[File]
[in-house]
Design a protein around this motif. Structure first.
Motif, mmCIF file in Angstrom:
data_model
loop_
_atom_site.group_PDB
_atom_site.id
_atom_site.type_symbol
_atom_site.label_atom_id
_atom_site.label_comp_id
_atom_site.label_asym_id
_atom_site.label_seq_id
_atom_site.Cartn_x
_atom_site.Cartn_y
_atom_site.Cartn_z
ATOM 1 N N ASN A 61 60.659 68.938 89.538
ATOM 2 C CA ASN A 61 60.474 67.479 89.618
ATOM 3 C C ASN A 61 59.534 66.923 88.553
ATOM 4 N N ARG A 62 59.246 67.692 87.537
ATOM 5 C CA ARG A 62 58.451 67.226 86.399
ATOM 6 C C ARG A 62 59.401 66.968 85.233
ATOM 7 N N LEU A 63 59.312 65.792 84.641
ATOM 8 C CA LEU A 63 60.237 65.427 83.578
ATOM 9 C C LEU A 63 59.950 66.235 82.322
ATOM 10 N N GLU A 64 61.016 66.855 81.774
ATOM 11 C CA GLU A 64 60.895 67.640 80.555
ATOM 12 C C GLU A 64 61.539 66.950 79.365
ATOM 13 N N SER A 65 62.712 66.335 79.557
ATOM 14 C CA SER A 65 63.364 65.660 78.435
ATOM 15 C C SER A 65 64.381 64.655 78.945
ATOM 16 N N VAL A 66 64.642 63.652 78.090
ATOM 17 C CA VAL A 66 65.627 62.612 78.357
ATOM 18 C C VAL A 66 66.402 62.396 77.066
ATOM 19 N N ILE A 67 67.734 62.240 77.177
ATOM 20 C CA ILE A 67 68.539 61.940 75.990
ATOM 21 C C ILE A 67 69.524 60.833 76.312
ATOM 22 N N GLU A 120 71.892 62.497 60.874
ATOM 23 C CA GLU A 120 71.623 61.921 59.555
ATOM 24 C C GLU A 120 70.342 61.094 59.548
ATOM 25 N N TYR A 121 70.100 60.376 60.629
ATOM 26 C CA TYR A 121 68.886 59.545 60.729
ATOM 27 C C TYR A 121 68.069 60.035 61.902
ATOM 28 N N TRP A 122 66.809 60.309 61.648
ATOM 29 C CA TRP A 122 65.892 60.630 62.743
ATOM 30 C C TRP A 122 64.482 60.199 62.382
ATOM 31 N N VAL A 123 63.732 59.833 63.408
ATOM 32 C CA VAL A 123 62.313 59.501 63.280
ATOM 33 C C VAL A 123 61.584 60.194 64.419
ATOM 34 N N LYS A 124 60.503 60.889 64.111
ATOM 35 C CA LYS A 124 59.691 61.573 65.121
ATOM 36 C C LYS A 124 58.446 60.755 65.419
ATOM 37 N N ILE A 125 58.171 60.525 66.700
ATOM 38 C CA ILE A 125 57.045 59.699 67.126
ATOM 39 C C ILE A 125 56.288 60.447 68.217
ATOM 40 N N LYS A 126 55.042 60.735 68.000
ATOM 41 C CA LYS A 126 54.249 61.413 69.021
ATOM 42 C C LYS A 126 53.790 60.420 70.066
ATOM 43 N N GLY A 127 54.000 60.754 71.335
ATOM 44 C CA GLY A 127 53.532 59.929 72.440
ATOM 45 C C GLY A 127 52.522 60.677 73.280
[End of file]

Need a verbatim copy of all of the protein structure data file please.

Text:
[in-house]
Design a protein around this motif. Structure first.
Motif, mmCIF file in Angstrom:
data_model
loop_
_atom_site.group_PDB
_atom_site.id
_atom_site.type_symbol
_atom_site.label_atom_id
_atom_site.label_comp_id
_atom_site.label_asym_id
_atom_site.label_seq_id
_atom_site.Cartn_x
_atom_site.Cartn_y
_atom_site.Cartn_z
ATOM 1 N N ASN A 61 60.659 68.938 89.538
ATOM 2 C CA ASN A 61 60.474 67.479 89.618
ATOM 3 C C ASN A 61 59.534 66.923 88.553
ATOM 4 N N ARG A 62 59.246 67.692 87.537
ATOM 5 C CA ARG A 62 58.451 67.226 86.399
ATOM 6 C C ARG A 62 59.401 66.968 85.233
ATOM 7 N N LEU A 63 59.312 65.792 84.641
ATOM 8 C CA LEU A 63 60.237 65.427 83.578
ATOM 9 C C LEU A 63 59.950 66.235 82.322
ATOM 10 N N GLU A 64 61.016 66.855 81.774
ATOM 11 C CA GLU A 64 60.895 67.640 80.555
ATOM 12 C C GLU A 64 61.539 66.950 79.365
ATOM 13 N N SER A 65 62.712 66.335 79.557
ATOM 14 C CA SER A 65 63.364 65.660 78.435
ATOM 15 C C SER A 65 64.381 64.655 78.945
ATOM 16 N N VAL A 66 64.642 63.652 78.090
ATOM 17 C CA VAL A 66 65.627 62.612 78.357
ATOM 18 C C VAL A 66 66.402 62.396 77.066
ATOM 19 N N ILE A 67 67.734 62.240 77.177
ATOM 20 C CA ILE A 67 68.539 61.940 75.990
ATOM 21 C C ILE A 67 69.524 60.833 76.312
ATOM 22 N N GLU A 120 71.892 62.497 60.874
ATOM 23 C CA GLU A 120 71.623 61.921 59.555
ATOM 24 C C GLU A 120 70.342 61.094 59.548
ATOM 25 N N TYR A 121 70.100 60.376 60.629
ATOM 26 C CA TYR A 121 68.886 59.545 60.729
ATOM 27 C C TYR A 121 68.069 60.035 61.902
ATOM 28 N N TRP A 122 66.809 60.309 61.648
ATOM 29 C CA TRP A 122 65.892 60.630 62.743
ATOM 30 C C TRP A 122 64.482 60.199 62.382
ATOM 31 N N VAL A 123 63.732 59.833 63.408
ATOM 32 C CA VAL A 123 62.313 59.501 63.280
ATOM 33 C C VAL A 123 61.584 60.194 64.419
ATOM 34 N N LYS A 124 60.503 60.889 64.111
ATOM 35 C CA LYS A 124 59.691 61.573 65.121
ATOM 36 C C LYS A 124 58.446 60.755 65.419
ATOM 37 N N ILE A 125 58.171 60.525 66.700
ATOM 38 C CA ILE A 125 57.045 59.699 67.126
ATOM 39 C C ILE A 125 56.288 60.447 68.217
ATOM 40 N N LYS A 126 55.042 60.735 68.000
ATOM 41 C CA LYS A 126 54.249 61.413 69.021
ATOM 42 C C LYS A 126 53.790 60.420 70.066
ATOM 43 N N GLY A 127 54.000 60.754 71.335
ATOM 44 C CA GLY A 127 53.532 59.929 72.440
ATOM 45 C C GLY A 127 52.522 60.677 73.280